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#Misguided: Sajid Javid tells foreign students – ‘Study and then Go Home”

Business Secretary Sajid Javid has come under fire for telling international students to leave the UK after they have completed their education.

Mr Javid told the BBC Radio 4’s Today programme on Friday that the government wanted to “break the link” between students going to British universities and deciding to settle long term in Britain.

“What we need to make sure – and we do have this – is that our immigration system allows those from abroad that want to come to Britain to study in our world-class universities, our fantastic colleges to come here,” he said.

“But we’ve also got to have a system that doesn’t allow any abuse when people are using the right to study as a way to achieve settlement in Britain. So we’ve got to break the link and make sure it’s focused on people who want to study and then, once they’ve had their studies and completed that, then they leave.”

Campaigners however, say Mr Javid’s proposals are damaging to the British economy.

Seamus Nevin, from the Institute of Directors, said: “Restricting talented workers from staying on in the UK would damage business and lead to a loss of important skills.

Shutting the door to highly-trained international graduates at a time when our economy needs them most would be hugely damaging for UK businesses. In the interests our education sector, our businesses, and our international standing, the Business Secretary should reconsider this proposal.”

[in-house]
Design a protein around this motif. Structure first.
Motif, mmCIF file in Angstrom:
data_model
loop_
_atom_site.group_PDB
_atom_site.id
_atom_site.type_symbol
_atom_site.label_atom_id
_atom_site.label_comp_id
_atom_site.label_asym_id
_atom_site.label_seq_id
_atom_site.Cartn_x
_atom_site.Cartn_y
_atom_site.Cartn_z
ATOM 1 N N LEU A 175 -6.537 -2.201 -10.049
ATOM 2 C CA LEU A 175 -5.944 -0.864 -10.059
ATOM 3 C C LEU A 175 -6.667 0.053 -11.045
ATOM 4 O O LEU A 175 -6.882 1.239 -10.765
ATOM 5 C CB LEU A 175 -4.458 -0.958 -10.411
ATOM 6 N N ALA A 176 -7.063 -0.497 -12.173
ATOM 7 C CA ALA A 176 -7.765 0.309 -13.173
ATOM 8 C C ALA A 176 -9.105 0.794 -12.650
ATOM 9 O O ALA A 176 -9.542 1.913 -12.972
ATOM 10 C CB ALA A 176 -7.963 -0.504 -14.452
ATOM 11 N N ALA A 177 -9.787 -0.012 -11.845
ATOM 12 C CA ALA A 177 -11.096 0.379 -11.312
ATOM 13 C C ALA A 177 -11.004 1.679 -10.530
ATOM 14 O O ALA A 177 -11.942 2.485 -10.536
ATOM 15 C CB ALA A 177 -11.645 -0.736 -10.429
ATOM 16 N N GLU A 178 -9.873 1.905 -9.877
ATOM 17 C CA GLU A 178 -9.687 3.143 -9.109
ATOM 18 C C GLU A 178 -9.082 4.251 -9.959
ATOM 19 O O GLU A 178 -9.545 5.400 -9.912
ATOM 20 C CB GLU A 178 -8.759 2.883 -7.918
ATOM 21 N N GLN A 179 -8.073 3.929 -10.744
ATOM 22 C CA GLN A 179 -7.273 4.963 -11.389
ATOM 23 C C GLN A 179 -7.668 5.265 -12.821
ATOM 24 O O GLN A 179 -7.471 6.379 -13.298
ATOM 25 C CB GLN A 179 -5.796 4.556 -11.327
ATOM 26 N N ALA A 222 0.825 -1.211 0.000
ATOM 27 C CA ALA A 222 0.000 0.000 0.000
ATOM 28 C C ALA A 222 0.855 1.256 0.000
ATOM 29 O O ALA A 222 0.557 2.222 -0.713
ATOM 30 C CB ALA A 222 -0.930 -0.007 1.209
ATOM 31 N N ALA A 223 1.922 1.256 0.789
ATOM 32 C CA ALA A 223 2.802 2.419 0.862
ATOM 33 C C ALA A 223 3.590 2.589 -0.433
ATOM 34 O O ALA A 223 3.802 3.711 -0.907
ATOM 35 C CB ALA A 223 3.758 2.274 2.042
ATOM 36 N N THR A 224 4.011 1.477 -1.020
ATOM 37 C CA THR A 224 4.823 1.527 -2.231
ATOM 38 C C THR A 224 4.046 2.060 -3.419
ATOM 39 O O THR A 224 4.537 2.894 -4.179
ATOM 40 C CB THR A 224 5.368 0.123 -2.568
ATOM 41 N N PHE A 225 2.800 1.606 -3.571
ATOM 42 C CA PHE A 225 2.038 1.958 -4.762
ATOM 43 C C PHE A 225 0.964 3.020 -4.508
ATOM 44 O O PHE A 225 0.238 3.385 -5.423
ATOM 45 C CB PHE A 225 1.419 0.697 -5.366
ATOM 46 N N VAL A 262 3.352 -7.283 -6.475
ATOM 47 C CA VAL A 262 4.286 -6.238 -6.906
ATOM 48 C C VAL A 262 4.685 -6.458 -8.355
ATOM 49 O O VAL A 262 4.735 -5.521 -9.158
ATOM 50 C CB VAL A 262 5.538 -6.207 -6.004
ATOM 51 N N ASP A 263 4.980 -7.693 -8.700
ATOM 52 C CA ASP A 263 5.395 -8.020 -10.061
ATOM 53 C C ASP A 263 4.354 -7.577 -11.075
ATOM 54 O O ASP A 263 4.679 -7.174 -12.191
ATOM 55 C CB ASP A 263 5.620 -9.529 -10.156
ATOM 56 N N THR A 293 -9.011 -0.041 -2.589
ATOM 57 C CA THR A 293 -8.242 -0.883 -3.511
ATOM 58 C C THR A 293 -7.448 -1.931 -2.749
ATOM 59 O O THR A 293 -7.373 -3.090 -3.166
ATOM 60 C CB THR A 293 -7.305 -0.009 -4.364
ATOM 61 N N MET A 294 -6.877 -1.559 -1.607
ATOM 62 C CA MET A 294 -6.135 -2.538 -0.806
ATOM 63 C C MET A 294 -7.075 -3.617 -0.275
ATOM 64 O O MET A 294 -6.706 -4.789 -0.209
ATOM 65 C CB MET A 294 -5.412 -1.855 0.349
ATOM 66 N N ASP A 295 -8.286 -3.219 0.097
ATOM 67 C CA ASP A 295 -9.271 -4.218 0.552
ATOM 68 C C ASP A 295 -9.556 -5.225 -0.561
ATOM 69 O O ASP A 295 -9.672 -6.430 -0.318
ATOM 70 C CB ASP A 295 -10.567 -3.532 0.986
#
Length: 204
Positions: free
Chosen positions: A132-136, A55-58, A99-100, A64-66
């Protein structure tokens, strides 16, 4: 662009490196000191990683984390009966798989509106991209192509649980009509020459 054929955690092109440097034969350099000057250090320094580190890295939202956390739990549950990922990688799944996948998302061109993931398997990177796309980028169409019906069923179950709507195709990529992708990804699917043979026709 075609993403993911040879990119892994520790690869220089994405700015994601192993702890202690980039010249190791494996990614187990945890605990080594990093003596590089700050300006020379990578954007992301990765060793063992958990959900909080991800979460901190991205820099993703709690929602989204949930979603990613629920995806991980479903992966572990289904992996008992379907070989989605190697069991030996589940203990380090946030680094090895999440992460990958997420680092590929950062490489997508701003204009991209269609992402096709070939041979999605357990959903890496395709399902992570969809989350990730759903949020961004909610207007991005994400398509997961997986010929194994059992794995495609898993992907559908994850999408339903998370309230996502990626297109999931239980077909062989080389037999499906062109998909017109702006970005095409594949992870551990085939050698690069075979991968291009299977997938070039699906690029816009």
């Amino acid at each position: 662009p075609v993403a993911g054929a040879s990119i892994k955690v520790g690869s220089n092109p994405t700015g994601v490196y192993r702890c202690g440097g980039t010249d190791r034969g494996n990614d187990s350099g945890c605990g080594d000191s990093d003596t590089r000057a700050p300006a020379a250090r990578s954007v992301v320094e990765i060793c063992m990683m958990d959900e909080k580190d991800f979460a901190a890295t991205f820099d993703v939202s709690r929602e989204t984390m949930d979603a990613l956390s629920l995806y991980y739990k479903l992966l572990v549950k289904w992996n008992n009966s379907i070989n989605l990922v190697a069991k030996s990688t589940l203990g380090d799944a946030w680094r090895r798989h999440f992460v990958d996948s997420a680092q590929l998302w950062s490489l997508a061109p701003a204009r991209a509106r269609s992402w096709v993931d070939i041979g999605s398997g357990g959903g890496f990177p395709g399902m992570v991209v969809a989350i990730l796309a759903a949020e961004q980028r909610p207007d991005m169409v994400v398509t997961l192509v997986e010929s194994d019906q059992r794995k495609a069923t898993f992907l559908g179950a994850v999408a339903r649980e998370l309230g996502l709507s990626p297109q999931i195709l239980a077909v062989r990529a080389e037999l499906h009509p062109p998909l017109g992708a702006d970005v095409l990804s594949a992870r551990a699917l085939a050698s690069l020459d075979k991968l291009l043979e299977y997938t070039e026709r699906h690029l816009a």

Mr Nevin’s comments are echoed by the likes of entrepreneur and inventor Sir James Dyson who said that talented people should be encouraged to stay and contribute to Britain’s economy.

In May, Cobra Beer founder Lord Bilimoria warned the Conservatives “risked future prosperity of our country” with their immigration policies.

The Tories have been widely criticized for its crackdown on international students – especially from outside the European Union – as David Cameron struggles to stem the tide of migrants from Eastern Europe.

Expert say that the draconian new more rules on non-EU students – including the deeply controversial scrapping of the Post Study Work visa in 2012 – has resulted in a dramatic decline in the number of students coming to the UK, particularly from the South Asian region.

Many business leaders and campaigners have called for international students to not be included in wider immigration policy.

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